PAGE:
Stomach pain can mean different things to different people. Sometimes it’s a sharp feeling, others times it's dull and aching. Perhaps you get gas and bloating associated with it or loose stools. Whatever the case, consider these possibilities if your stomach starts to hurt.
1. Food related
Are your pains caused by foods you ate and are allergic or intolerant to, or could they be from food poisoning? Consider getting food allergy or food intolerance testing done to see if you are having issues. The foods that cause the most problems are gluten/wheat, dairy, peanuts, egg, soy, tree nuts, shellfish, and fish.
Celiac disease caused by an allergy to gluten/wheat is on the rise and worth testing. Food poisoning, while awful, is usually short-lived.
2. Gastrointestinal related
More serious GI conditions such as diverticulitis, gall stones, ulcerative colitis or Crohn’s disease can cause a lot of pain, diarrhea, and possibly bleeding. More common conditions include heartburn or irritable bowel syndrome.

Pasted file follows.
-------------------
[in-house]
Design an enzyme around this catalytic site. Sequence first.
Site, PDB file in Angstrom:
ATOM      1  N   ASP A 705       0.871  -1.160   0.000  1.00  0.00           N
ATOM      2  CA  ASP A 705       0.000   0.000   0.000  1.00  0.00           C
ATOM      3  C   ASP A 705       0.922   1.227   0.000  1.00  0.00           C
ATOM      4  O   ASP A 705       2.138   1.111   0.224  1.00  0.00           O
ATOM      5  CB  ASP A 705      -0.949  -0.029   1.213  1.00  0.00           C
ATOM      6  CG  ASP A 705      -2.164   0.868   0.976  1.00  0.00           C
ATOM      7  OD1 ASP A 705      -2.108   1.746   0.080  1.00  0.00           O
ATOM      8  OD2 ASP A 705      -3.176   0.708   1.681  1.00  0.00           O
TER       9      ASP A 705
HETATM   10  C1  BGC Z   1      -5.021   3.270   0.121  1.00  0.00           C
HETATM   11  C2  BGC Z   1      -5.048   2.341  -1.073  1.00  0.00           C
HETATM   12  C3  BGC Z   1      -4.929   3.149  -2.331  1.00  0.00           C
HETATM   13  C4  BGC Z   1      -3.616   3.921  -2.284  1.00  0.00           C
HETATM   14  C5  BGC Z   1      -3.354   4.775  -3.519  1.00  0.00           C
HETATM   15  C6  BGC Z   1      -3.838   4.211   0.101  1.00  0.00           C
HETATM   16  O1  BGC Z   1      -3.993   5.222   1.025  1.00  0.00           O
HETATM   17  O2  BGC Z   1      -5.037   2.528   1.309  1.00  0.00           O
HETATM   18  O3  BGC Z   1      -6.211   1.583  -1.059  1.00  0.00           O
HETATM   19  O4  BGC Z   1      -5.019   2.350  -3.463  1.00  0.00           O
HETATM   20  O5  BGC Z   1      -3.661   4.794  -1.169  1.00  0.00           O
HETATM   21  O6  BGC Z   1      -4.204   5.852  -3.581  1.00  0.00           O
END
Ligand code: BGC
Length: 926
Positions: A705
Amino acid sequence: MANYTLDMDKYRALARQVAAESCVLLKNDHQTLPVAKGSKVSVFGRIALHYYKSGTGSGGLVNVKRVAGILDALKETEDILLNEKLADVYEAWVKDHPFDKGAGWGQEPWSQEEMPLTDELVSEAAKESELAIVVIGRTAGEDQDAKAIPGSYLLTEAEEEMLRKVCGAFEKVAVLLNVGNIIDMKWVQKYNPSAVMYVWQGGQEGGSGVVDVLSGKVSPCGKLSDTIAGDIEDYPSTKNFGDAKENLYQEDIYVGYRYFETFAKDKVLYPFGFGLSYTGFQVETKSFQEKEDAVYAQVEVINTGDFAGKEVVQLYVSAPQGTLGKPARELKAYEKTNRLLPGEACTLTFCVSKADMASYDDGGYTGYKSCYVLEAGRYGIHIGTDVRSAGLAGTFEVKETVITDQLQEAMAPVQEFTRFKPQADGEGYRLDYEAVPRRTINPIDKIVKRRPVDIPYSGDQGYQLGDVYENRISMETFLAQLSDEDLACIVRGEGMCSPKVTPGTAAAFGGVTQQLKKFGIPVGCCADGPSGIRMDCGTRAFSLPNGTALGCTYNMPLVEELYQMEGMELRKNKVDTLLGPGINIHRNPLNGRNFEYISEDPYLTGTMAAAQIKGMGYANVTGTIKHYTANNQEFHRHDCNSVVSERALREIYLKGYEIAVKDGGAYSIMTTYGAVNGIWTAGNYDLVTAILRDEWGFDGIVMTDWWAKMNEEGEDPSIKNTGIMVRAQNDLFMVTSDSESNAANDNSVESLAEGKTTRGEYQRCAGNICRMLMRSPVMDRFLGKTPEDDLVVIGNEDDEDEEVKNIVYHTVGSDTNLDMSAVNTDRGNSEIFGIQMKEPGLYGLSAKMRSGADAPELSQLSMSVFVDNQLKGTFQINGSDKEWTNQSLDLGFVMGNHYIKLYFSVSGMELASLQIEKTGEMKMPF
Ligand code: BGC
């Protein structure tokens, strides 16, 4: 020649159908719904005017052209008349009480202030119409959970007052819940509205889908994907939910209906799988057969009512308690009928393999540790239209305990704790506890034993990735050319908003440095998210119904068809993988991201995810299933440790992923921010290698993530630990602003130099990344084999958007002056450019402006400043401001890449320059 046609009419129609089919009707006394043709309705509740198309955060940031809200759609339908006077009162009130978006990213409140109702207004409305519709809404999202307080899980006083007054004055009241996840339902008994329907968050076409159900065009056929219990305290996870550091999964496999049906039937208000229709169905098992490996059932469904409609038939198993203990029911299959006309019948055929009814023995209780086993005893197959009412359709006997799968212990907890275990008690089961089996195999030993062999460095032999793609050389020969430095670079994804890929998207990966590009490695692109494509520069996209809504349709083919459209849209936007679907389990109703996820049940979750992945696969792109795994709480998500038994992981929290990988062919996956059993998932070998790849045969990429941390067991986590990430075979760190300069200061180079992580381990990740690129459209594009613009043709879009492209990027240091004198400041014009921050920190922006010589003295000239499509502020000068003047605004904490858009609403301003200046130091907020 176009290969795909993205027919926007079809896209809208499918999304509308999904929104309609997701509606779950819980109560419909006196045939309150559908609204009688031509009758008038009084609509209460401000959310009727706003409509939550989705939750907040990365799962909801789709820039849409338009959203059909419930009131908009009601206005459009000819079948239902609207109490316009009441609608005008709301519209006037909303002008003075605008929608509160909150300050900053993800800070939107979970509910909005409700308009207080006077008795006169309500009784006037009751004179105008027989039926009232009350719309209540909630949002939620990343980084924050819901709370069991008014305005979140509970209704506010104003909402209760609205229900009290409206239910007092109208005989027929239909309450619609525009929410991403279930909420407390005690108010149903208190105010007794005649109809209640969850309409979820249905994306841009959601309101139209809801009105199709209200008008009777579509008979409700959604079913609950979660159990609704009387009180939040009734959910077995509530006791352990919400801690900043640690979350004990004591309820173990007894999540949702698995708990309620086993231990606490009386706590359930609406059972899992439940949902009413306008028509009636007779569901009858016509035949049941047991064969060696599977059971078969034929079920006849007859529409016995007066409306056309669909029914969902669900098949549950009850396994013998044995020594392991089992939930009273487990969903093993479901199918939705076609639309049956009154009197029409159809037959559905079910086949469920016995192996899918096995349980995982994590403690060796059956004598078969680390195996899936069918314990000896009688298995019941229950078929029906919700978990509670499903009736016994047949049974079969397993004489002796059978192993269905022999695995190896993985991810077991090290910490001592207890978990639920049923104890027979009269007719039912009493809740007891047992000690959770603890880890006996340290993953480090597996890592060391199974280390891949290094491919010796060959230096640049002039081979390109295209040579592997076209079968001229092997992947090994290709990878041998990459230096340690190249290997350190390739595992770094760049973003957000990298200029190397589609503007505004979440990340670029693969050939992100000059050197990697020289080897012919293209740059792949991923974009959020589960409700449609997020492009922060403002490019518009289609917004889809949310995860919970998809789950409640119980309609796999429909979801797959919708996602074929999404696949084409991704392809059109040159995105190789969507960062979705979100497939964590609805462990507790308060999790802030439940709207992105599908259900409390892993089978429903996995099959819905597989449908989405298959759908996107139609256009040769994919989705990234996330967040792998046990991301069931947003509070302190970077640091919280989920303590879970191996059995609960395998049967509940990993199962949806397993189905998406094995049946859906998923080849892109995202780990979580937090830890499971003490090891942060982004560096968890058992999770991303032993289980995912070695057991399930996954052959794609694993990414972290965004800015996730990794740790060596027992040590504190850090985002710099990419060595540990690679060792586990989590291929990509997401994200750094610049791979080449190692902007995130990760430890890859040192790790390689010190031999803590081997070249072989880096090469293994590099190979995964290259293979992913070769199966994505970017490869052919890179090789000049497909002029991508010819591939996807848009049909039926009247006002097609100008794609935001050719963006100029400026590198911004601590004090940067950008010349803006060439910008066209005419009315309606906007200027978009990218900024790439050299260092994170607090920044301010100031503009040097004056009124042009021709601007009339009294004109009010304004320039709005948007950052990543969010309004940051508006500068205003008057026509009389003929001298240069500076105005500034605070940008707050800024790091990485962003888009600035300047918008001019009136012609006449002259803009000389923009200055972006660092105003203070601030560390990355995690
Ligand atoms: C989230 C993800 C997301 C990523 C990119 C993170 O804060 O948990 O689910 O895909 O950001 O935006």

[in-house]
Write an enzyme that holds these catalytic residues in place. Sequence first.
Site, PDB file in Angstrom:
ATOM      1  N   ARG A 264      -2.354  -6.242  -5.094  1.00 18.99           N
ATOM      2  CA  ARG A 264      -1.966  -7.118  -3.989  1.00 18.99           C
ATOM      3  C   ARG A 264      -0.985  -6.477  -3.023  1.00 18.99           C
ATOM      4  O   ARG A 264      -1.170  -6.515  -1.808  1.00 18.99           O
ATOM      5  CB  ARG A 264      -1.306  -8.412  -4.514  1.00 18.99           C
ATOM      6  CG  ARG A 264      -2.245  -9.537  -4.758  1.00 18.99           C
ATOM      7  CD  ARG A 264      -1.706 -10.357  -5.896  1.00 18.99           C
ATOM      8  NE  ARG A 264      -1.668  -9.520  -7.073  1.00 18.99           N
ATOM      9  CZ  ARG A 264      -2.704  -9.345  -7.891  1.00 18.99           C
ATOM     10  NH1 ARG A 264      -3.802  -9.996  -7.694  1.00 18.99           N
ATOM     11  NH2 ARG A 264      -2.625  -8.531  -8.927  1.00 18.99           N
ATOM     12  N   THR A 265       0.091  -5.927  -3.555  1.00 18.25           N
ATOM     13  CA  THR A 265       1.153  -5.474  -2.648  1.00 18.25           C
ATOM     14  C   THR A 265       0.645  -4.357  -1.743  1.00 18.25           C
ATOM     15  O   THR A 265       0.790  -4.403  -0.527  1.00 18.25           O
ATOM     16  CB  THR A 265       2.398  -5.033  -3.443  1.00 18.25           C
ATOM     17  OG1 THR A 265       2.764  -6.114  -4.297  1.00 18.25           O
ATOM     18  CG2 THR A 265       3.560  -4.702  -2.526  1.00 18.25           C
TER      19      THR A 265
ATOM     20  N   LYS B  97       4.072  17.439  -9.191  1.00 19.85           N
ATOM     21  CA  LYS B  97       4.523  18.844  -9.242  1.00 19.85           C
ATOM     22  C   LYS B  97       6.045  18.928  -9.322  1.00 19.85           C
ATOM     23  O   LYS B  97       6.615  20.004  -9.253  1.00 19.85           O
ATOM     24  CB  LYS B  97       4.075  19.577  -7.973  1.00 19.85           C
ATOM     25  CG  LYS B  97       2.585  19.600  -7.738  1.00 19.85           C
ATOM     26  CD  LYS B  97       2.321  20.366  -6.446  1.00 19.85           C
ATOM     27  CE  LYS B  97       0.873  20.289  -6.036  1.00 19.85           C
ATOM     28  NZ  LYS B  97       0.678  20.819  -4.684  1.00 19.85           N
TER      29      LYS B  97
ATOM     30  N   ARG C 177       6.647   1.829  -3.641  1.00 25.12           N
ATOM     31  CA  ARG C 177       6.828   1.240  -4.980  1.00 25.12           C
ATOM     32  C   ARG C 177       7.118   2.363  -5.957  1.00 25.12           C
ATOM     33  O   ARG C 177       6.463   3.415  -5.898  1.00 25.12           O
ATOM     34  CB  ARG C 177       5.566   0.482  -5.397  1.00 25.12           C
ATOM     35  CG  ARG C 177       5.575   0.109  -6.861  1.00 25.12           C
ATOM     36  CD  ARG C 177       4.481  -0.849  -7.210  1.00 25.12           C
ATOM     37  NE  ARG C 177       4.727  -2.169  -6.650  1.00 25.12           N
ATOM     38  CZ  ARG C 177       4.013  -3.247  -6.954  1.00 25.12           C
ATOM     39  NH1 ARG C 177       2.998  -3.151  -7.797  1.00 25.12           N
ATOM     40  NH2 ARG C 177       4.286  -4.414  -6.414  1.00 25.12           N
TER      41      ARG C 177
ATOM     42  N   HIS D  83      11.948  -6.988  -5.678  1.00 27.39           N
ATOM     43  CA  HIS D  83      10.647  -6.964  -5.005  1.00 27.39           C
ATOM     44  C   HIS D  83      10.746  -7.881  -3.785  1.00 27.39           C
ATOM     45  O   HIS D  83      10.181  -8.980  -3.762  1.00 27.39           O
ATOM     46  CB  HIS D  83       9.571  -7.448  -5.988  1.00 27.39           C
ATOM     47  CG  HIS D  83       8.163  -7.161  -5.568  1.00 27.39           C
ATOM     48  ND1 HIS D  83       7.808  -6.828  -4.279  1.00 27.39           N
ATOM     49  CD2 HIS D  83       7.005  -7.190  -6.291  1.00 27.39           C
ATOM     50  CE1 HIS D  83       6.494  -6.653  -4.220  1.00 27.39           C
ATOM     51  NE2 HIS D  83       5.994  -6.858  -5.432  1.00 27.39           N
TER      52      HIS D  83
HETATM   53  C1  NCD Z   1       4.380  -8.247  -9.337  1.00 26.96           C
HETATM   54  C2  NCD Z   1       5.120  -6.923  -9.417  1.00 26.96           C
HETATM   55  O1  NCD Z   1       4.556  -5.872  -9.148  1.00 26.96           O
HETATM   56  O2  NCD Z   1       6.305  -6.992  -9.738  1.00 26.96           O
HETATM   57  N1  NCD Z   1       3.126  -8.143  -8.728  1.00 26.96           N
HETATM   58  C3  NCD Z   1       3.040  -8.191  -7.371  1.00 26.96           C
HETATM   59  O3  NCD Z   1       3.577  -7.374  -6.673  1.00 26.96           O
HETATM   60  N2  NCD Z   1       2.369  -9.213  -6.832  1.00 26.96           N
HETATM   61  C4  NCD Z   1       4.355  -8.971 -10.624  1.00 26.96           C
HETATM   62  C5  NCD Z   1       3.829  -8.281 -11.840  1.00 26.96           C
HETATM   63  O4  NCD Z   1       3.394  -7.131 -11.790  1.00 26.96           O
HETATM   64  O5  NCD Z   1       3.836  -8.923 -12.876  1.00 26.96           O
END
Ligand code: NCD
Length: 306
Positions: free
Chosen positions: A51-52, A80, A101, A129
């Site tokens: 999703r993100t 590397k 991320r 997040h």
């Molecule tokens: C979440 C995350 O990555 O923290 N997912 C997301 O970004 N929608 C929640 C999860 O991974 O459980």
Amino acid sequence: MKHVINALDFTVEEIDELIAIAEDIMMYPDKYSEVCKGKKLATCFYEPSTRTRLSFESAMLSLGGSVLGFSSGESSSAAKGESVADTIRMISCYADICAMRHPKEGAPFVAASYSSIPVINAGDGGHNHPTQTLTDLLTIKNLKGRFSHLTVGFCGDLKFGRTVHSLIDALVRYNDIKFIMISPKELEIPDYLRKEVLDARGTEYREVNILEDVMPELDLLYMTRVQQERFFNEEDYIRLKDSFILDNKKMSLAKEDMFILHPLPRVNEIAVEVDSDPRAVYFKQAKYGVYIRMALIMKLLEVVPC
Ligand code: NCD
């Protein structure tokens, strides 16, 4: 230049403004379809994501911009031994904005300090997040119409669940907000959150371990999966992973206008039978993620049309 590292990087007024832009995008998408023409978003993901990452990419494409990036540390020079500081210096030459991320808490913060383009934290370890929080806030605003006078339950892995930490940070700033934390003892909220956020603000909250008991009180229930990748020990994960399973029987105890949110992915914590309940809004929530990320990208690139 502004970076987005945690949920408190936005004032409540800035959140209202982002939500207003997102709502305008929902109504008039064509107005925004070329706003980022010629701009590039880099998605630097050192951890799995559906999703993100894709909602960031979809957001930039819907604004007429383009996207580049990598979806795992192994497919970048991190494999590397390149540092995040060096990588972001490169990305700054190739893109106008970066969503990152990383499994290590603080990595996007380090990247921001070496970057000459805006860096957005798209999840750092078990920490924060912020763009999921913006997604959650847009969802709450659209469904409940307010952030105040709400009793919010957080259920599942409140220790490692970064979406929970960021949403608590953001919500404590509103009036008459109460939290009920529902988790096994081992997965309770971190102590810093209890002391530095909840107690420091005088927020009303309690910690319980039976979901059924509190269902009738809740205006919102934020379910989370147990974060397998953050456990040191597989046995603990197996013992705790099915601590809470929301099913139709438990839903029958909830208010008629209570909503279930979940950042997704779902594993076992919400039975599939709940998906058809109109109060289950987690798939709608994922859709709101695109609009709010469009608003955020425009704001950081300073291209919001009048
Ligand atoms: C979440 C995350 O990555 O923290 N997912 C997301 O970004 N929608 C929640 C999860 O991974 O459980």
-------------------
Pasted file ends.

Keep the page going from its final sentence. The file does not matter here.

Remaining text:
3. Hormonally related
Many women experience digestive changes around their menstrual cycle. Some experience diarrhea or looser stools those few days leading up to their cycle while others have constipation. This is normal during the hormone shift.
4. Lifestyle related
Stressed out? Lots of coffee or soda? Working late? Too much alcohol? Not enough sleep? All of these things can upset your normal digestive tract.
5. Travel related
Many people experience constipation, diarrhea or bloating while travelling as they are out of their normal element and not eating their typical foods. Be aware of "critters" that can be picked up while travelling such as amoebas, worms, and giardia.
A temporary upset stomach is one thing but if it is happening more often than not and you can’t associate it with any particular reason, please make an appointment with your health care provider.
1. A Review of Food Allergy and Nutritional Considerations in the Food-allergic Adult. Web. October 20, 2011.
2. Abdominal Pain. WebMD. Web. October 20, 2011.
Reviewed October 20, 2011
by Michele Blacksberg RN
Edited by Jody Smith